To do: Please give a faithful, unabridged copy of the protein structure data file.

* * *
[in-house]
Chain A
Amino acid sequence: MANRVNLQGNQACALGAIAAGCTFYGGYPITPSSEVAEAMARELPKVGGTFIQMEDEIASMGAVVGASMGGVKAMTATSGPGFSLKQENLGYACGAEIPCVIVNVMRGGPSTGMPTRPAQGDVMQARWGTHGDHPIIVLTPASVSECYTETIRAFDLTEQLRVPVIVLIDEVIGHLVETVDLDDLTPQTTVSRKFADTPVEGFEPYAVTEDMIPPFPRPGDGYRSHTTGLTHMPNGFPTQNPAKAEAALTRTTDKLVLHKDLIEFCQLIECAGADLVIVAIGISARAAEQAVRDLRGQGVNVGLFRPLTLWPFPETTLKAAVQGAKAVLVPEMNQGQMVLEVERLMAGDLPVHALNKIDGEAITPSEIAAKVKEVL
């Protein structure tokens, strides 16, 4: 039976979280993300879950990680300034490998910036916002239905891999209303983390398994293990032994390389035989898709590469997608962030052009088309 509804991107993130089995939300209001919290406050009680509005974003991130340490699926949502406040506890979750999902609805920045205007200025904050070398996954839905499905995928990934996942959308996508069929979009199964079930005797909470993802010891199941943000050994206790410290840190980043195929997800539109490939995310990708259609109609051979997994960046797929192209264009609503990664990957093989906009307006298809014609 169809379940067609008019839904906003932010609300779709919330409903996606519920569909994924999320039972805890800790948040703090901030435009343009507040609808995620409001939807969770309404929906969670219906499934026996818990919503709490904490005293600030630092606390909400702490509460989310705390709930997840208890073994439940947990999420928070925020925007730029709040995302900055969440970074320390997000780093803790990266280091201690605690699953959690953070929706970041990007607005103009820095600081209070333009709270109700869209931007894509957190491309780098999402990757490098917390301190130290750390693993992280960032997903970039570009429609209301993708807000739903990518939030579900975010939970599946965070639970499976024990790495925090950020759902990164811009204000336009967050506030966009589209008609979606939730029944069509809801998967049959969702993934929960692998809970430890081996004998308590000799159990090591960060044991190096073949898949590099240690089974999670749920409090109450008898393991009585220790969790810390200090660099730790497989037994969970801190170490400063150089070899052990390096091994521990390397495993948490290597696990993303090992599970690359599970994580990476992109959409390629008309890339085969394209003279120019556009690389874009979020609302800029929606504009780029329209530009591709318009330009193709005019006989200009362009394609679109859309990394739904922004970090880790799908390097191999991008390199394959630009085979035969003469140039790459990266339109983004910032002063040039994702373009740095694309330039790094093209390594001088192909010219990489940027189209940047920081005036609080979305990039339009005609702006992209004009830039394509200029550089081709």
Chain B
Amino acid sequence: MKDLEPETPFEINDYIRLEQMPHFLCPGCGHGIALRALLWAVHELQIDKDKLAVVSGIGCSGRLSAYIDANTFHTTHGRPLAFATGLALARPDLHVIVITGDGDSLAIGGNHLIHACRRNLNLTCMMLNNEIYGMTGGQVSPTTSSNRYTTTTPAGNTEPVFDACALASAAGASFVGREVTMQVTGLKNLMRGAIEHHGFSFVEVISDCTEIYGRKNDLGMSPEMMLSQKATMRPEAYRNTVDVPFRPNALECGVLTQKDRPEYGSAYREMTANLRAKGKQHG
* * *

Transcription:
[in-house]
Chain A
Amino acid sequence: MANRVNLQGNQACALGAIAAGCTFYGGYPITPSSEVAEAMARELPKVGGTFIQMEDEIASMGAVVGASMGGVKAMTATSGPGFSLKQENLGYACGAEIPCVIVNVMRGGPSTGMPTRPAQGDVMQARWGTHGDHPIIVLTPASVSECYTETIRAFDLTEQLRVPVIVLIDEVIGHLVETVDLDDLTPQTTVSRKFADTPVEGFEPYAVTEDMIPPFPRPGDGYRSHTTGLTHMPNGFPTQNPAKAEAALTRTTDKLVLHKDLIEFCQLIECAGADLVIVAIGISARAAEQAVRDLRGQGVNVGLFRPLTLWPFPETTLKAAVQGAKAVLVPEMNQGQMVLEVERLMAGDLPVHALNKIDGEAITPSEIAAKVKEVL
């Protein structure tokens, strides 16, 4: 039976979280993300879950990680300034490998910036916002239905891999209303983390398994293990032994390389035989898709590469997608962030052009088309 509804991107993130089995939300209001919290406050009680509005974003991130340490699926949502406040506890979750999902609805920045205007200025904050070398996954839905499905995928990934996942959308996508069929979009199964079930005797909470993802010891199941943000050994206790410290840190980043195929997800539109490939995310990708259609109609051979997994960046797929192209264009609503990664990957093989906009307006298809014609 169809379940067609008019839904906003932010609300779709919330409903996606519920569909994924999320039972805890800790948040703090901030435009343009507040609808995620409001939807969770309404929906969670219906499934026996818990919503709490904490005293600030630092606390909400702490509460989310705390709930997840208890073994439940947990999420928070925020925007730029709040995302900055969440970074320390997000780093803790990266280091201690605690699953959690953070929706970041990007607005103009820095600081209070333009709270109700869209931007894509957190491309780098999402990757490098917390301190130290750390693993992280960032997903970039570009429609209301993708807000739903990518939030579900975010939970599946965070639970499976024990790495925090950020759902990164811009204000336009967050506030966009589209008609979606939730029944069509809801998967049959969702993934929960692998809970430890081996004998308590000799159990090591960060044991190096073949898949590099240690089974999670749920409090109450008898393991009585220790969790810390200090660099730790497989037994969970801190170490400063150089070899052990390096091994521990390397495993948490290597696990993303090992599970690359599970994580990476992109959409390629008309890339085969394209003279120019556009690389874009979020609302800029929606504009780029329209530009591709318009330009193709005019006989200009362009394609679109859309990394739904922004970090880790799908390097191999991008390199394959630009085979035969003469140039790459990266339109983004910032002063040039994702373009740095694309330039790094093209390594001088192909010219990489940027189209940047920081005036609080979305990039339009005609702006992209004009830039394509200029550089081709």
Chain B
Amino acid sequence: MKDLEPETPFEINDYIRLEQMPHFLCPGCGHGIALRALLWAVHELQIDKDKLAVVSGIGCSGRLSAYIDANTFHTTHGRPLAFATGLALARPDLHVIVITGDGDSLAIGGNHLIHACRRNLNLTCMMLNNEIYGMTGGQVSPTTSSNRYTTTTPAGNTEPVFDACALASAAGASFVGREVTMQVTGLKNLMRGAIEHHGFSFVEVISDCTEIYGRKNDLGMSPEMMLSQKATMRPEAYRNTVDVPFRPNALECGVLTQKDRPEYGSAYREMTANLRAKGKQHG